Sunday, October 24, 2010
Åke Edwardson, The Shadow Woman
The first of Åke Edwardson's Erik Winter crime novels to be translated into English, Sun and Shadow, was apparently the sixth in the order of the series's original publication in Sweden. That was followed by translations of the seventh and eighth books in the series, and then by the translation of Death Angels, which was actually the third in the order of first publication. Now the fourth in the series (right after Death Angels, whose Swedish title actually means Dance with an Angel) has now been published in English by Penguin, translated by Per Carlsson: The Shadow Woman, whose Swedish title, Rop från långt avstånd, actually means "cries from far away."
But all that confusion shouldn't put anyone off The Shadow Woman, which is a first-class police procedural. The investigation is a particularly frustrating one, which concerns the disccovery of a body near a lake. Winter and the police cannot discover who the woman was, and a parallel narrative about a young girl who is taken from her mother during some sort of getaway from a crime, gives the reader a sense of the anxiety that will befall Winter and his team later in the book (though not in quite the way that the reader may think).
There are several other plot lines int eh background, most of them concerning biker gangs, evidently a big factor in Southern Swedish crime (and even bigger in Denmark, where Winter eventually needs to go for answers).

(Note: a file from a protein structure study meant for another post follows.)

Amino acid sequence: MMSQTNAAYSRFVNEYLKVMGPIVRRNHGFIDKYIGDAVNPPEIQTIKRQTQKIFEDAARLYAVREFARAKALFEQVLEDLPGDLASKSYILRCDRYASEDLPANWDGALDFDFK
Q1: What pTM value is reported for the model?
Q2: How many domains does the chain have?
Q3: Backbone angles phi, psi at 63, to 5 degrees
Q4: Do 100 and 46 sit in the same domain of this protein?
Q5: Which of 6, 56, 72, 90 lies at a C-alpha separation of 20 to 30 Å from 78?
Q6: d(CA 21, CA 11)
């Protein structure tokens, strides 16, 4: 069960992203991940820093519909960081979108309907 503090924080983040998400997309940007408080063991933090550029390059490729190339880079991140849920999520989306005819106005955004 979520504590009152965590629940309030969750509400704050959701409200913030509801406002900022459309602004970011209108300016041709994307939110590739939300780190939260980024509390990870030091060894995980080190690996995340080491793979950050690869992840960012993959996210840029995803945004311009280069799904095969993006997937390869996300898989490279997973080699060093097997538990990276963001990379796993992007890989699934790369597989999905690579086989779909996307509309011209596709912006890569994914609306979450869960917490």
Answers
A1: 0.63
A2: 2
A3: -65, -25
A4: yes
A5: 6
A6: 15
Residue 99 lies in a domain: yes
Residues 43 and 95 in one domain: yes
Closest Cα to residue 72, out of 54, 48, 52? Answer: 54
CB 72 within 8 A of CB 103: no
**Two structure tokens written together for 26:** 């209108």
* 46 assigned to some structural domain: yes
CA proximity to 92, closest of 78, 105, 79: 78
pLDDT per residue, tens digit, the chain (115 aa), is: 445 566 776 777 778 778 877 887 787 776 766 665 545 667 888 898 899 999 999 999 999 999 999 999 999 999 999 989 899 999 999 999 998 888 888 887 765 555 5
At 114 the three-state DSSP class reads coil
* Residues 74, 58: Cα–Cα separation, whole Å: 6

My only quibble with the book is that one clue that unravels the final elements of the story is withheld from the reader in a way that other clues are not (Winter knows about that clue but we don't). Not a big deal, but in a story that is about the frustrations of a police investigation that has too few clues and too little information, withholding that one clue grates a bit.
Still, The Shadow Woman is a compelling story, and one of the best of the Erik Winter series. I was not a huge fan of Åke Edwardson after reading the first couple of books to appear in English, but I'm convinced now—he's in the first rank of Swedish crime writers. One question for dedicated readers of Scandinavian crime: I can think of a number of Swedish crime novels in which the detective travels to Denmark during the investigation, but I can't think of a single time when the detective travels to Norway (except for a chase scene in The White Lioness in which Wallander crosses the Norwegian border in pursuit of the killer). Are there trips to Norway that I'm not aware of?